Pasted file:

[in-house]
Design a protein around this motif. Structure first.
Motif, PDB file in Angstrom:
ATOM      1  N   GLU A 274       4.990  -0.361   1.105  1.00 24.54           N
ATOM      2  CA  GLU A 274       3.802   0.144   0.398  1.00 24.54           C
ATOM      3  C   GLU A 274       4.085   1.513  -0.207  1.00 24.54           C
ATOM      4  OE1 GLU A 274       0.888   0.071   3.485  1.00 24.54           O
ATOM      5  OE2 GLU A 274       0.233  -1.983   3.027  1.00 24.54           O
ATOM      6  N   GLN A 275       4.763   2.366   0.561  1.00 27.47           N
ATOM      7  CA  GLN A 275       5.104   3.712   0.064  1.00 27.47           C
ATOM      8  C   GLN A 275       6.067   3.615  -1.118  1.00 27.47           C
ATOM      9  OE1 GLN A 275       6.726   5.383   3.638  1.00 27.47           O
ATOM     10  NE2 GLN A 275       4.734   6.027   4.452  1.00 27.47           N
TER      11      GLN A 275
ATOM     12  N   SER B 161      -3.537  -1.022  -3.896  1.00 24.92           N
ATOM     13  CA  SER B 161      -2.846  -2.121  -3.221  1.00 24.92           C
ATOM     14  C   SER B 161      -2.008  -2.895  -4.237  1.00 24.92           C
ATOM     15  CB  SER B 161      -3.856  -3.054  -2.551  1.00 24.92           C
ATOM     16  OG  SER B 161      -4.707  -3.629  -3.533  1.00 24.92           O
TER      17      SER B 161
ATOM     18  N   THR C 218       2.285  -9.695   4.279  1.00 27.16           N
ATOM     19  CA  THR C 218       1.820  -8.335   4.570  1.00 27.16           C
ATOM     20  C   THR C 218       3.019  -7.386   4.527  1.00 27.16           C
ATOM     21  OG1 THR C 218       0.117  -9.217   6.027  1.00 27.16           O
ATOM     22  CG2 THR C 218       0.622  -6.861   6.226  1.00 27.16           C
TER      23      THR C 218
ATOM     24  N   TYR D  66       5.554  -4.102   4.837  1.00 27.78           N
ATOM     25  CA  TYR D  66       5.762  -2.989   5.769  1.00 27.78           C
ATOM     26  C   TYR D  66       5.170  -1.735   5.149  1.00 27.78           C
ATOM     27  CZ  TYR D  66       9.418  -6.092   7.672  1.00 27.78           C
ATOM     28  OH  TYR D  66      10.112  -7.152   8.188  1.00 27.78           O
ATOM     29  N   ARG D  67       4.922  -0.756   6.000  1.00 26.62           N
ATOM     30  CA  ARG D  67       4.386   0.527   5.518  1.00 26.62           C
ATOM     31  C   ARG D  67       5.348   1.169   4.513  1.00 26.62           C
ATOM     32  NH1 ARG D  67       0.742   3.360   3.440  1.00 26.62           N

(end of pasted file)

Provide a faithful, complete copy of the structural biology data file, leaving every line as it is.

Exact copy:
[in-house]
Design a protein around this motif. Structure first.
Motif, PDB file in Angstrom:
ATOM      1  N   GLU A 274       4.990  -0.361   1.105  1.00 24.54           N
ATOM      2  CA  GLU A 274       3.802   0.144   0.398  1.00 24.54           C
ATOM      3  C   GLU A 274       4.085   1.513  -0.207  1.00 24.54           C
ATOM      4  OE1 GLU A 274       0.888   0.071   3.485  1.00 24.54           O
ATOM      5  OE2 GLU A 274       0.233  -1.983   3.027  1.00 24.54           O
ATOM      6  N   GLN A 275       4.763   2.366   0.561  1.00 27.47           N
ATOM      7  CA  GLN A 275       5.104   3.712   0.064  1.00 27.47           C
ATOM      8  C   GLN A 275       6.067   3.615  -1.118  1.00 27.47           C
ATOM      9  OE1 GLN A 275       6.726   5.383   3.638  1.00 27.47           O
ATOM     10  NE2 GLN A 275       4.734   6.027   4.452  1.00 27.47           N
TER      11      GLN A 275
ATOM     12  N   SER B 161      -3.537  -1.022  -3.896  1.00 24.92           N
ATOM     13  CA  SER B 161      -2.846  -2.121  -3.221  1.00 24.92           C
ATOM     14  C   SER B 161      -2.008  -2.895  -4.237  1.00 24.92           C
ATOM     15  CB  SER B 161      -3.856  -3.054  -2.551  1.00 24.92           C
ATOM     16  OG  SER B 161      -4.707  -3.629  -3.533  1.00 24.92           O
TER      17      SER B 161
ATOM     18  N   THR C 218       2.285  -9.695   4.279  1.00 27.16           N
ATOM     19  CA  THR C 218       1.820  -8.335   4.570  1.00 27.16           C
ATOM     20  C   THR C 218       3.019  -7.386   4.527  1.00 27.16           C
ATOM     21  OG1 THR C 218       0.117  -9.217   6.027  1.00 27.16           O
ATOM     22  CG2 THR C 218       0.622  -6.861   6.226  1.00 27.16           C
TER      23      THR C 218
ATOM     24  N   TYR D  66       5.554  -4.102   4.837  1.00 27.78           N
ATOM     25  CA  TYR D  66       5.762  -2.989   5.769  1.00 27.78           C
ATOM     26  C   TYR D  66       5.170  -1.735   5.149  1.00 27.78           C
ATOM     27  CZ  TYR D  66       9.418  -6.092   7.672  1.00 27.78           C
ATOM     28  OH  TYR D  66      10.112  -7.152   8.188  1.00 27.78           O
ATOM     29  N   ARG D  67       4.922  -0.756   6.000  1.00 26.62           N
ATOM     30  CA  ARG D  67       4.386   0.527   5.518  1.00 26.62           C
ATOM     31  C   ARG D  67       5.348   1.169   4.513  1.00 26.62           C
ATOM     32  NH1 ARG D  67       0.742   3.360   3.440  1.00 26.62           N